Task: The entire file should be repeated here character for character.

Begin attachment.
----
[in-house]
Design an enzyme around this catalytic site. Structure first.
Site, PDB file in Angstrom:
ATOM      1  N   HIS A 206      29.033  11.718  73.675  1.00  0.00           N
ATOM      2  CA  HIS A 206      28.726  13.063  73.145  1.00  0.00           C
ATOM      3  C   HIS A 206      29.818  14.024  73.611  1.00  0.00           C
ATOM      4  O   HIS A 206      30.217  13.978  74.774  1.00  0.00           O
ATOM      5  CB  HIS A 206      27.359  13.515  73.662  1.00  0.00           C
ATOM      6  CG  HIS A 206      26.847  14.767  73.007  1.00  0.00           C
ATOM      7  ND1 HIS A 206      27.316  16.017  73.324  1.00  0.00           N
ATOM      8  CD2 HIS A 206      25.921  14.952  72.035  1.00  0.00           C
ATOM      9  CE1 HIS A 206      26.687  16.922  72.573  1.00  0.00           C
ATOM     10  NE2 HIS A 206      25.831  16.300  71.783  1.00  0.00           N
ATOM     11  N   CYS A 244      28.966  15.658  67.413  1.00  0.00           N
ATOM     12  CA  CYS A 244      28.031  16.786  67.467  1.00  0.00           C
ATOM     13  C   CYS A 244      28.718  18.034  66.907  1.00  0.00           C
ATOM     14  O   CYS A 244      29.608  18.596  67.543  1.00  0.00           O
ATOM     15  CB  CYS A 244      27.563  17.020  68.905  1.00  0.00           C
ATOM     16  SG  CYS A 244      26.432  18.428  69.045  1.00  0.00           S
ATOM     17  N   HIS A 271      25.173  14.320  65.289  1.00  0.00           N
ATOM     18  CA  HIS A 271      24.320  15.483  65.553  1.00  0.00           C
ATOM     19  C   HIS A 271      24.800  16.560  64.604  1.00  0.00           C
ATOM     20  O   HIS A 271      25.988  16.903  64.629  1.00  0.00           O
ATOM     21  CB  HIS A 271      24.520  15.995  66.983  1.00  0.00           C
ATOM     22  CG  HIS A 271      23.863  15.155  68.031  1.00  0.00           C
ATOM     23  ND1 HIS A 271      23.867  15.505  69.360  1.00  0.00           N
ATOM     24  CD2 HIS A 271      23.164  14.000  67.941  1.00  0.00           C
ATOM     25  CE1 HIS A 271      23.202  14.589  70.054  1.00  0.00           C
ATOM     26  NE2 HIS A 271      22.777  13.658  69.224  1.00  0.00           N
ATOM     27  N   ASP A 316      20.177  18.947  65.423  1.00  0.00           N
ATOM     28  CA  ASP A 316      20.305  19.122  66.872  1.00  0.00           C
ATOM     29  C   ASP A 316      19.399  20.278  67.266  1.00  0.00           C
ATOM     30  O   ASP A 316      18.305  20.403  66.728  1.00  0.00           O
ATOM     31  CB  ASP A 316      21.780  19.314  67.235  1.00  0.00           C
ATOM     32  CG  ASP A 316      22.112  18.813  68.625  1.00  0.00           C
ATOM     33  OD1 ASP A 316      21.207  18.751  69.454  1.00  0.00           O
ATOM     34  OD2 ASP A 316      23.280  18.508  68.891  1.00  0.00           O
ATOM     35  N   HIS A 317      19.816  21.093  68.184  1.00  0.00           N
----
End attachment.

[in-house]
Design an enzyme around this catalytic site. Structure first.
Site, PDB file in Angstrom:
ATOM      1  N   HIS A 206      29.033  11.718  73.675  1.00  0.00           N
ATOM      2  CA  HIS A 206      28.726  13.063  73.145  1.00  0.00           C
ATOM      3  C   HIS A 206      29.818  14.024  73.611  1.00  0.00           C
ATOM      4  O   HIS A 206      30.217  13.978  74.774  1.00  0.00           O
ATOM      5  CB  HIS A 206      27.359  13.515  73.662  1.00  0.00           C
ATOM      6  CG  HIS A 206      26.847  14.767  73.007  1.00  0.00           C
ATOM      7  ND1 HIS A 206      27.316  16.017  73.324  1.00  0.00           N
ATOM      8  CD2 HIS A 206      25.921  14.952  72.035  1.00  0.00           C
ATOM      9  CE1 HIS A 206      26.687  16.922  72.573  1.00  0.00           C
ATOM     10  NE2 HIS A 206      25.831  16.300  71.783  1.00  0.00           N
ATOM     11  N   CYS A 244      28.966  15.658  67.413  1.00  0.00           N
ATOM     12  CA  CYS A 244      28.031  16.786  67.467  1.00  0.00           C
ATOM     13  C   CYS A 244      28.718  18.034  66.907  1.00  0.00           C
ATOM     14  O   CYS A 244      29.608  18.596  67.543  1.00  0.00           O
ATOM     15  CB  CYS A 244      27.563  17.020  68.905  1.00  0.00           C
ATOM     16  SG  CYS A 244      26.432  18.428  69.045  1.00  0.00           S
ATOM     17  N   HIS A 271      25.173  14.320  65.289  1.00  0.00           N
ATOM     18  CA  HIS A 271      24.320  15.483  65.553  1.00  0.00           C
ATOM     19  C   HIS A 271      24.800  16.560  64.604  1.00  0.00           C
ATOM     20  O   HIS A 271      25.988  16.903  64.629  1.00  0.00           O
ATOM     21  CB  HIS A 271      24.520  15.995  66.983  1.00  0.00           C
ATOM     22  CG  HIS A 271      23.863  15.155  68.031  1.00  0.00           C
ATOM     23  ND1 HIS A 271      23.867  15.505  69.360  1.00  0.00           N
ATOM     24  CD2 HIS A 271      23.164  14.000  67.941  1.00  0.00           C
ATOM     25  CE1 HIS A 271      23.202  14.589  70.054  1.00  0.00           C
ATOM     26  NE2 HIS A 271      22.777  13.658  69.224  1.00  0.00           N
ATOM     27  N   ASP A 316      20.177  18.947  65.423  1.00  0.00           N
ATOM     28  CA  ASP A 316      20.305  19.122  66.872  1.00  0.00           C
ATOM     29  C   ASP A 316      19.399  20.278  67.266  1.00  0.00           C
ATOM     30  O   ASP A 316      18.305  20.403  66.728  1.00  0.00           O
ATOM     31  CB  ASP A 316      21.780  19.314  67.235  1.00  0.00           C
ATOM     32  CG  ASP A 316      22.112  18.813  68.625  1.00  0.00           C
ATOM     33  OD1 ASP A 316      21.207  18.751  69.454  1.00  0.00           O
ATOM     34  OD2 ASP A 316      23.280  18.508  68.891  1.00  0.00           O
ATOM     35  N   HIS A 317      19.816  21.093  68.184  1.00  0.00           N